July 14th, 2024

Neudorf aims for broad perspective in serving Lethbridge East


By Lethbridge Herald on January 2, 2024.

Nathan Neudorf, seen here with supporters watching results come in during election night this past May, says he acknowledges a close victory shows there are many with differing views that he serves in his role as MLA. Herald photo by Ian Martens

Al Beeber – LETHBRIDGE HERALD – abeeber@lethbridgeherald.com

He narrowly won re-election to represent Lethbridge East in the Alberta Legislature and Nathan Neudorf isn’t taking that victory over the NDP’s Rob Miyashiro for granted.

Neudorf in May was elected to represent the riding for a second term, winning 11,003 votes compared to Miyashiro’s 10,258.

“I take that to heart,” Neudorf said of the close victory in a year-end interview looking at the highlights of 2023.

“It’s an honour to be re-elected. I love serving Lethbridge East in this capacity but I do want to acknowledge the fact it was close and that there are many with a different view that I have to serve in the role of MLA who may not have voted for me.

“I take that to heart knowing there is a broad blend of electoral opinions out there and I’ve been elected to serve all of them and do so to the best of my ability, understanding that at any given time, there may be a different opinion on the approach of that and trying to find that balance,” said The Minister of Affordability and Utilities, adding it’s a challenge but a good one he loves to undertake every time he gets the opportunity.

Neudorf says he’s always taken the broad perspective that he serves everyone in Lethbridge East.

“I believe my job is representative of Lethbridge East, it’s not a uniform perspective and how I do that means I have to bring that multi-viewpoint perspective to different conversations.

“I do like to remind  people that I can’t vote 55 per cent for and 45 per cent against on something like but that I do try to temper that perspective in the debate that we have on critical legislation,” said Neudorf.

One issue that came up repeatedly in the election campaign was the doctor shortage in Lethbridge and Neudorf said that’s partly why he has shifted his focus to really advocate that Chinook Regional Hospital be considered a Tier 3 hospital instead of Tier 4.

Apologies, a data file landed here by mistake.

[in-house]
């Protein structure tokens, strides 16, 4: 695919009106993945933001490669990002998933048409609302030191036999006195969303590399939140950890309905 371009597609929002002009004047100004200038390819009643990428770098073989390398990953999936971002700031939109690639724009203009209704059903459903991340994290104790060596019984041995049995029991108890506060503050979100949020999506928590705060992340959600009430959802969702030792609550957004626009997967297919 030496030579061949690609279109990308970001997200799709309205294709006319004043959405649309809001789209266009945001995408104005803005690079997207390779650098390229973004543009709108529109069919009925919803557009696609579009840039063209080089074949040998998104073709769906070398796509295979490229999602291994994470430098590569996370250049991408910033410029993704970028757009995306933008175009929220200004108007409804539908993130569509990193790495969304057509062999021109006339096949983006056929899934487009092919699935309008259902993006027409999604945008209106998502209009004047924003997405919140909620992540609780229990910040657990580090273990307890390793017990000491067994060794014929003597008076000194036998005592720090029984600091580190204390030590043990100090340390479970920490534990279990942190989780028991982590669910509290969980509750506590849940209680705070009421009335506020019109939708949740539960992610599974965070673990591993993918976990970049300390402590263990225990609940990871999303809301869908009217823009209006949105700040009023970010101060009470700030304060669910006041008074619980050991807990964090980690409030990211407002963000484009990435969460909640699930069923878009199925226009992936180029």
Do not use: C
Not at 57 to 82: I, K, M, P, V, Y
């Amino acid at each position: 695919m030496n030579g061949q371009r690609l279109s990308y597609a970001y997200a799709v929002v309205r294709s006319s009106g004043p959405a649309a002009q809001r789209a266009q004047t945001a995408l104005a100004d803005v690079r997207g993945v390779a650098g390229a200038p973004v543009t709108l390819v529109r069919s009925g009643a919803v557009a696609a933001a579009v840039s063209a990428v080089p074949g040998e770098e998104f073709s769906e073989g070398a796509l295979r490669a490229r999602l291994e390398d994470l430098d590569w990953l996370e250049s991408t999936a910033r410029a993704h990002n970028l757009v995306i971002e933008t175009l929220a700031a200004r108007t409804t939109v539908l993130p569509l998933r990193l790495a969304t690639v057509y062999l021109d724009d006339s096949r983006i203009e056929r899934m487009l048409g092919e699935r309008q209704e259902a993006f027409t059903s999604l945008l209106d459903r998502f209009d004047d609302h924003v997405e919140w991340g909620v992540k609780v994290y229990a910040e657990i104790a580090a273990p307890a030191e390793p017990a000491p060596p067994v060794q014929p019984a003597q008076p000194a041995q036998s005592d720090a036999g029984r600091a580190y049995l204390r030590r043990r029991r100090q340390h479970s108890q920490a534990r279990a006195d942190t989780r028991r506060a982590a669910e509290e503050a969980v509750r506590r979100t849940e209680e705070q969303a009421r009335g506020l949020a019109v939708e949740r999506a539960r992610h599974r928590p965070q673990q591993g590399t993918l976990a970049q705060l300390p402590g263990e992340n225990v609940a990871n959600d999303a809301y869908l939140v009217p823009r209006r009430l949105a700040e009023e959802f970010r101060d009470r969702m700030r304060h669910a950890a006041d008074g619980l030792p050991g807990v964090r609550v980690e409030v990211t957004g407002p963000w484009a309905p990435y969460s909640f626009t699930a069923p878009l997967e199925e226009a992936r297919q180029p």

“We need to be recognized as a hub, not a spoke in our healthcare services which means we need that additional surgical support and cardiac, thoracic and neurosurgery so that we can attract more doctors of different varieties, more anesthesiologists, more obstetricians, more family doctors who want that emergency/surgical backup.

“If we’re that hub and spoke, I think we’ll actually save the system a lot of transportation costs, whether people drive themselves to Calgary for services or an ambulance drives them or STARS flies or fixed-wing flies them. I think we need to invest wisely in Chinook Regional Hospital and expand the services that we provide here so that we have a stronger support service here in the south. And that will also help attract different supporting healthcare workers, whatever their role or specialty may be,” added Neudorf.

Healthcare services in southern Alberta cover between 250,000 and 350,000 people and more all the time “so I think do need to look at our structure and recognize that Lethbridge is a hub just like Red Deer is a hub, just like Grande Prairie is a hub and make sure that we have the ability to offer those services as well,” added the MLA.

“It makes sense financially, it makes sense systematically and it makes sense socially in providing the services people have come to expect within Alberta and Canada,” Neudorf added, “particularly in terms of healthcare.”

His new ministerial role has provided multiple challenges, he said.

“Affordability is the top issue for most Albertans, most Canadians right now. But what does that mean and how do we actually impact that? The utility side of it, particularly with the electricity grid, that’s a really complex file and we’ve seen the highest historical price in Alberta in August of this year and what are we going to do to not just provide immediate relief which we did the previous term with some cap and deferral?